Commentary: Fighting hunger 

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Chances are good that when you think about what hunger looks like, you think of someone standing on a street corner, looking for a handout.

Odds are, you don’t conjure up an image of a single mom with two children, working full-time and living in the suburbs. Nor do you imagine an elderly man who lives down the street who rarely leaves his house or a child in your local high school.

The reality is that the face of hunger in Oklahoma today differs substantially from those Depression-era images of the gaunt-faced unemployed scavenging for food.

The majority of people served by Regional Food Bank of Oklahoma and those who rely upon government assistance programs like WIC (Women, Infants and Children) and SNAP (Supplemental Nutrition Assistance Program) are children living in poverty, seniors surviving on a fixed income and the working poor.

There is no doubt that the number of people experiencing hunger in Oklahoma has grown dramatically over the last decade.

Regional Food Bank of Oklahoma distributed 280,000 pounds of food during its first year of operation in 1980. We now distribute that much every two days.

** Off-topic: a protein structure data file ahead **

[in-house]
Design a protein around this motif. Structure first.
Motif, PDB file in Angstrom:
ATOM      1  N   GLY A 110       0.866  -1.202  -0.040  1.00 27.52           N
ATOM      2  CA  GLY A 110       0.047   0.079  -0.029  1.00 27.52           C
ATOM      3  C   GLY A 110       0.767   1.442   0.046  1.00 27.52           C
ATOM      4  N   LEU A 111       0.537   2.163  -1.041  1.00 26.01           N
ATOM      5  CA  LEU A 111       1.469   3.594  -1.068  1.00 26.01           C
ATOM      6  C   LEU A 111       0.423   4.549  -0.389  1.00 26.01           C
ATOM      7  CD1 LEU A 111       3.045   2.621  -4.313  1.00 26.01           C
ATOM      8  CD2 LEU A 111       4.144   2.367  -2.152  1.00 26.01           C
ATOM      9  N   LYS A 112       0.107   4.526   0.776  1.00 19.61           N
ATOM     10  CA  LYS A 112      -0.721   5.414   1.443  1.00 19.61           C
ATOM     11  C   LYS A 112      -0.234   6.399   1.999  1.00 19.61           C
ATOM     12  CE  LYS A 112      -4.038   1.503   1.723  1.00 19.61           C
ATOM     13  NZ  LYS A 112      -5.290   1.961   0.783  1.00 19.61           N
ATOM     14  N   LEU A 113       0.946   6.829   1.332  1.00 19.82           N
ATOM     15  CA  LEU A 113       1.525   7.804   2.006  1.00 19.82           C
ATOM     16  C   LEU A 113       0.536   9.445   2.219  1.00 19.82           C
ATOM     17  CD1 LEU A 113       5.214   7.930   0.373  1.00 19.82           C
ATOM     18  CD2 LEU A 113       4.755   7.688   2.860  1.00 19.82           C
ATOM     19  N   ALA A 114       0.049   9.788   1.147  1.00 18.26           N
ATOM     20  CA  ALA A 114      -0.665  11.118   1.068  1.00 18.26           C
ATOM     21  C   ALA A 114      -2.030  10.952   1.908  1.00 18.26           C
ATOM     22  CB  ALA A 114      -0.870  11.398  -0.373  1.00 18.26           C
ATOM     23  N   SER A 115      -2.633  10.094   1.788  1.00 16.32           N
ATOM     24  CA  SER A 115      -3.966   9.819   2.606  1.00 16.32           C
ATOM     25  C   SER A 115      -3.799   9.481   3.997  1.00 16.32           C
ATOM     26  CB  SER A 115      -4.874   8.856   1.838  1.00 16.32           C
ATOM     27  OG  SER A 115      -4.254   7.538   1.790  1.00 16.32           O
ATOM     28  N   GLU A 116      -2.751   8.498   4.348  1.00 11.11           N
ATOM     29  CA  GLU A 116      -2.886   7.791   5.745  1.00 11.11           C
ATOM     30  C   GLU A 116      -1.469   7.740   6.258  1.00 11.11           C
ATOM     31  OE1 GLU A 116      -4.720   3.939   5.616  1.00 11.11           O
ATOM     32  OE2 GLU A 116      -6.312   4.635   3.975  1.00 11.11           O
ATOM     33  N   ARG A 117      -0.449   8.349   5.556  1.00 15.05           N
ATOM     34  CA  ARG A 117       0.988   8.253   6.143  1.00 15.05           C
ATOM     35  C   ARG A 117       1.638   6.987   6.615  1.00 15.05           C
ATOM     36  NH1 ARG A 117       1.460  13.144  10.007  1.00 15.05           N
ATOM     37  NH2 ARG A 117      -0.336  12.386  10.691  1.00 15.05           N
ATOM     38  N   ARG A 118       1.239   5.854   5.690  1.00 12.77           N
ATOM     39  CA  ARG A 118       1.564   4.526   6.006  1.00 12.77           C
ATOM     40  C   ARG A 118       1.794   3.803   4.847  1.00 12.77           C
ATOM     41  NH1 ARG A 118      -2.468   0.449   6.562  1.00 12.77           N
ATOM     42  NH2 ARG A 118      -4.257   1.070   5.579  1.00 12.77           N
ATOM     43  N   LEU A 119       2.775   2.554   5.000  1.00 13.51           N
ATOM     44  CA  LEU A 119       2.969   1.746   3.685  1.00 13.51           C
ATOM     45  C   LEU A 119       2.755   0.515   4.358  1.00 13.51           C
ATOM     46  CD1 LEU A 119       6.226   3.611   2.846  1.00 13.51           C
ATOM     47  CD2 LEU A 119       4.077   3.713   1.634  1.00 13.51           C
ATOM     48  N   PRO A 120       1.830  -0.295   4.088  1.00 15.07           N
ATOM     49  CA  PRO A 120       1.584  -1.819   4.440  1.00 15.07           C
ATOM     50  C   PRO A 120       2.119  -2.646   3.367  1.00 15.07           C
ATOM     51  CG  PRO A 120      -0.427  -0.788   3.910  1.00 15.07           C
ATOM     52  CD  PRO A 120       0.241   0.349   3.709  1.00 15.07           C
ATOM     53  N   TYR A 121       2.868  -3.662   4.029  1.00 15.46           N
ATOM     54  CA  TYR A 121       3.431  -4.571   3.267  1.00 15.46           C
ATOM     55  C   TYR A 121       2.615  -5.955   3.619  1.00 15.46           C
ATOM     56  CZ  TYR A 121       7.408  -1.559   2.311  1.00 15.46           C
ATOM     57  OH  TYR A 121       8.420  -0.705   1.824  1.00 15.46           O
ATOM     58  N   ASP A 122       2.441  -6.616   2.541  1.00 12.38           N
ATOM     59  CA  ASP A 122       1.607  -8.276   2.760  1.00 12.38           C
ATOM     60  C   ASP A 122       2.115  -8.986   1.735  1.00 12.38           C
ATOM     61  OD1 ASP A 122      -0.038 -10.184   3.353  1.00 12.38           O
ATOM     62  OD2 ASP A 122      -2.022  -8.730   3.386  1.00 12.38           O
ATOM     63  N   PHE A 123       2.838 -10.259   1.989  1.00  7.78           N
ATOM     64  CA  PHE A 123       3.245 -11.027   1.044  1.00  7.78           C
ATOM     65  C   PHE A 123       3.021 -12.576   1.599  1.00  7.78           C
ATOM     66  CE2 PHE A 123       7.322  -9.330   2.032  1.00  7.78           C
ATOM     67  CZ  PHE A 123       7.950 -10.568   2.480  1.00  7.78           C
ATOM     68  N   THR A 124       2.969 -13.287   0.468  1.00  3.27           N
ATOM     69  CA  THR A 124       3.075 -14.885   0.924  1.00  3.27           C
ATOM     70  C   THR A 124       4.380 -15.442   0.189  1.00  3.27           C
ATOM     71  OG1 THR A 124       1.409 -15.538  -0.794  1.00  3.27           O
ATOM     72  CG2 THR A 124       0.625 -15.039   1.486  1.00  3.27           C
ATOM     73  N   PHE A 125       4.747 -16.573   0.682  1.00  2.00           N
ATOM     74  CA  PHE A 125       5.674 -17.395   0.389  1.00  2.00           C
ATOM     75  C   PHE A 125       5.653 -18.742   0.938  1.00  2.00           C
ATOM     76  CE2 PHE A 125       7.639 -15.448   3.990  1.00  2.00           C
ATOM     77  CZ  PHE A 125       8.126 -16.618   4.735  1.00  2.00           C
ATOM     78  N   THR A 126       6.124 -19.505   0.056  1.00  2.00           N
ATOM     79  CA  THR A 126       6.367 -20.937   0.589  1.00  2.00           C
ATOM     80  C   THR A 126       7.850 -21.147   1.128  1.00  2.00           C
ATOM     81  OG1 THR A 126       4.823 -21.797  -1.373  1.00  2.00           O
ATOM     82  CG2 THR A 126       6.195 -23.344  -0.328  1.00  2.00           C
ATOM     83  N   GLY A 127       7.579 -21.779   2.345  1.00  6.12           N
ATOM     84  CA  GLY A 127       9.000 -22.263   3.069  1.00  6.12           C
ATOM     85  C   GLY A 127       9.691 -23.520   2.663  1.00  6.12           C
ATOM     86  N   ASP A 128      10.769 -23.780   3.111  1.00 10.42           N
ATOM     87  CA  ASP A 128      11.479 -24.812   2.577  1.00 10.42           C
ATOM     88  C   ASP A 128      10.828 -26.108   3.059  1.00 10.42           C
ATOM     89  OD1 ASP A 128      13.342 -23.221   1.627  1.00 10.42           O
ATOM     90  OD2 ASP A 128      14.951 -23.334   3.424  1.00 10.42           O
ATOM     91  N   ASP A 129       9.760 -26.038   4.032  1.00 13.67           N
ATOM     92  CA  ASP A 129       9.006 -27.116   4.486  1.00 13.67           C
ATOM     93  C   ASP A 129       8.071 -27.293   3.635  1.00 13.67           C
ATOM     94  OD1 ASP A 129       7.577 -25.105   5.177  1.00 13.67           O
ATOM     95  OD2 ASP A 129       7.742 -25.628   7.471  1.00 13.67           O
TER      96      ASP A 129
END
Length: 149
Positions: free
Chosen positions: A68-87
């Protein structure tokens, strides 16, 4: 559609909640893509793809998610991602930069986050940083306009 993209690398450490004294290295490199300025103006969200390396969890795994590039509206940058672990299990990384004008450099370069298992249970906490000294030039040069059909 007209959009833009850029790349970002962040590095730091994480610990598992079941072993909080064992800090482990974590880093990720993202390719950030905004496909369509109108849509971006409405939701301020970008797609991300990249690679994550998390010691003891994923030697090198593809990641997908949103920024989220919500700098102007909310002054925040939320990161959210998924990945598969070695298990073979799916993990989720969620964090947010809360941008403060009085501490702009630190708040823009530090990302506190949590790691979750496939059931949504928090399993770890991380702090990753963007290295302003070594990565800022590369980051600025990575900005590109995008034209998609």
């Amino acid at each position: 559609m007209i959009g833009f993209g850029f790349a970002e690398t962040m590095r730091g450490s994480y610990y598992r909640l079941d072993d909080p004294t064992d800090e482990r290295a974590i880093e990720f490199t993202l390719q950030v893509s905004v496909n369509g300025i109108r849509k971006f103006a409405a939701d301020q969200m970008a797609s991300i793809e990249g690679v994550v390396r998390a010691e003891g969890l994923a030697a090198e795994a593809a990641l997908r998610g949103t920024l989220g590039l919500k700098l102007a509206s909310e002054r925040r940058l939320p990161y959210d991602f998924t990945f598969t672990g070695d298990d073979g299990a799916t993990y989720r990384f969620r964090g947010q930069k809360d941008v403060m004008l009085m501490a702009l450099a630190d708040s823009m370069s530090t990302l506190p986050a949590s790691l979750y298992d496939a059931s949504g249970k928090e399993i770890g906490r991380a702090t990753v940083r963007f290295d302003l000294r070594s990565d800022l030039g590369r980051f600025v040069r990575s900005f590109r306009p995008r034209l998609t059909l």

Through a network of nearly 1,200 charitable feeding partners and schools, Regional Food Bank distributes enough food to feed more than 110,000 hungry Oklahomans every week.

To truly understand what it’s like to be hungry, look no farther than a school classroom in the metro.

There are more than 24,000 chronically hungry children who depend on food provided by Regional Food Bank’s Food for Kids program to keep them from going hungry over weekends and school holidays. When asked what it feels like to be hungry, one child describes it as feeling like “her belly button is touching her spine.”

Another says that the “hunger in his stomach is louder than the teacher standing before him in class.” After the family dog had to be given away because they could no longer afford to feed him, another girl worries she might be given away too.

Parents and the elderly are much more reserved when describing how it feels to worry about where their next meal will come from. Coping with hunger by skipping meals is simply a way of life.

The issue should never be about where the food comes from. Our focus should be about ensuring that everyone who needs food has access to it.

We all must recommit ourselves to creating an atmosphere of dignity and respect for Oklahomans who find themselves in a position of having to ask for help to feed their families. We must find the common good that unites us as a country and state and rekindle the “human spirit of sharing.”

Working together, we can make sure everyone has access to food. To do less is unacceptable. As Franklin D. Roosevelt stated, “The test of our progress is not whether we add more to the abundance of those who have much; it is whether we provide enough for those who have too little.”

Rodney W. Bivens is executive director and founder of Regional Food Bank of Oklahoma.

Print headline: Wage war on hunger, not the hungry

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Rodney W. Bivens

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